Costs to agencies escalate as computer misuse increases

More than half of federal agencies recently surveyed have been victims of unauthorized use of computer systems, with agencies' financial losses rising by more than 3,000 percent over last year, according to a new report being issued today.

The study, conducted jointly by the San Francisco-based Computer Security Institute and the FBI, covers reports of attacks by outside users, insider abuse, system penetration, denial-of-service attacks, viruses and laptop theft, among others. Last year agencies reported $1.5 million in losses from unauthorized use, compared with this year's total of $52 million, according to the study.

Of 57 federal agency respondents, 61 percent reported that they had experienced unauthorized computer system use in the past 12 months. In addition, more than 18 percent reported that they did not know if unauthorized use had occurred.

The combined financial losses reported by 520 federal government agencies, universities, corporations and financial institutions as part of the study topped $136 million.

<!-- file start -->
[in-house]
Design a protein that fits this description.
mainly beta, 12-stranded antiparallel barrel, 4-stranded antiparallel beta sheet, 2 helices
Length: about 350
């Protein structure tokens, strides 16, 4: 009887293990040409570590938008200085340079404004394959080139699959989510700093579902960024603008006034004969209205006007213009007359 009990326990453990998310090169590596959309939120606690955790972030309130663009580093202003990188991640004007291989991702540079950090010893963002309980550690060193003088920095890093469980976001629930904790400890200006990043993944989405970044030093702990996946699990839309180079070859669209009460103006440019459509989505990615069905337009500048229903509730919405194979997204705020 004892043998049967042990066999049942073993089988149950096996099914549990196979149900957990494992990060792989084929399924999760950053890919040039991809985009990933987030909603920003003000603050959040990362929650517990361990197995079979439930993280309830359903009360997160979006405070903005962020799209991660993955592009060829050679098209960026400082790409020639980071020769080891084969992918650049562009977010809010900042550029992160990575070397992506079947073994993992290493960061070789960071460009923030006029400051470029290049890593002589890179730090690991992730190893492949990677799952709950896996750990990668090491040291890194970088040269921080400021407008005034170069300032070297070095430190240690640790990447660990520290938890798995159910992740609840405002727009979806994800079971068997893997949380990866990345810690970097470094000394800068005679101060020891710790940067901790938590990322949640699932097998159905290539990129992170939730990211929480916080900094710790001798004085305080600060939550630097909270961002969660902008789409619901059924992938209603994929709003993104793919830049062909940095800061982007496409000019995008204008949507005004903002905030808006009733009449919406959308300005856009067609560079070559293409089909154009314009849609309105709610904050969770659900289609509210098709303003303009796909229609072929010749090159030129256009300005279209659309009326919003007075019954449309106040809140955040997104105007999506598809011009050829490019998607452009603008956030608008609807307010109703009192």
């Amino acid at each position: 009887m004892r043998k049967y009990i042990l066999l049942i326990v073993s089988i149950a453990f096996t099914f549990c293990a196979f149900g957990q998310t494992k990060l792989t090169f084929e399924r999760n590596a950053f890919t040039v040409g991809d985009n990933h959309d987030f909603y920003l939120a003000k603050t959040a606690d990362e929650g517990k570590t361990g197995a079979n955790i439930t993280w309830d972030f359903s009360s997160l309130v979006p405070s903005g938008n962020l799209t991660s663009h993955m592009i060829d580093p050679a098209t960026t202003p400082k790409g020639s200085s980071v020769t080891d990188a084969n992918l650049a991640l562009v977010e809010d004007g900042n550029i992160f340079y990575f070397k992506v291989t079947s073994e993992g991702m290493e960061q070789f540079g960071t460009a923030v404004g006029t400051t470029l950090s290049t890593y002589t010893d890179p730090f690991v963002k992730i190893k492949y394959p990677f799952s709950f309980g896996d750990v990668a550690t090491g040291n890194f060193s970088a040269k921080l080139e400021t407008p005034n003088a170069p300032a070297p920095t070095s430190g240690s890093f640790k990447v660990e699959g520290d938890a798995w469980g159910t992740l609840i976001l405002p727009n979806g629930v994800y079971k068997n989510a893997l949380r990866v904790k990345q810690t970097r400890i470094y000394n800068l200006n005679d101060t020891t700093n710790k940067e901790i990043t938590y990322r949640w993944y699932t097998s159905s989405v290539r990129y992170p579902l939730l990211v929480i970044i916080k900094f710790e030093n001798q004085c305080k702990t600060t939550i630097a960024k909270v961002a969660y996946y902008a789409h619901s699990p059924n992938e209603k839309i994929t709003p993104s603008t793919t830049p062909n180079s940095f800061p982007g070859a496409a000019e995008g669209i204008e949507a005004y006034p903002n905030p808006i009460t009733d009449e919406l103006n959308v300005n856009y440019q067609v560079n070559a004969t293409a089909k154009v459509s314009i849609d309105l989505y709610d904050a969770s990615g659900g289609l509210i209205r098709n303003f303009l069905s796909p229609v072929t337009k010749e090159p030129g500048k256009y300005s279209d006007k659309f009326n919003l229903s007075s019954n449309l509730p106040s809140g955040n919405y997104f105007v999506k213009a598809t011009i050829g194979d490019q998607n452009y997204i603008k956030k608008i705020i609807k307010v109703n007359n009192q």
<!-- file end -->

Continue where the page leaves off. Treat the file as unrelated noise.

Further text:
Total reported losses from all sectors increased 36 percent compared with last year. Most of the federal agency respondents reported that the Internet was the most frequent point of attack.

Federal agencies believe foreign governments, hackers and disgruntled employees are the most likely sources of computer system abuse, according to the study. Of 45 agency respondents, 58 percent cited foreign governments as likely sources of attack.

While agencies reported the use of various types of security technologies—- such as access control, encryption, anti-virus software, firewalls and intrusion protection—- 41 percent of 48 respondents reported that their agencies did not have a written policy for network intrusions.

Featured

  • Defense
    The U.S. Army Corps of Engineers and the National Geospatial-Intelligence Agency (NGA) reveal concept renderings for the Next NGA West (N2W) campus from the design-build team McCarthy HITT winning proposal. The entirety of the campus is anticipated to be operational in 2025.

    How NGA is tackling interoperability challenges

    Mark Munsell, the National Geospatial-Intelligence Agency’s CTO, talks about talent shortages and how the agency is working to get more unclassified data.

  • Veterans Affairs
    Veterans Affairs CIO Jim Gfrerer speaks at an Oct. 10 FCW event (Photo credit: Troy K. Schneider)

    VA's pivot to agile

    With 10 months on the job, Veterans Affairs CIO Jim Gfrerer is pushing his organization toward a culture of constant delivery.

Stay Connected

FCW INSIDER

Sign up for our newsletter.

I agree to this site's Privacy Policy.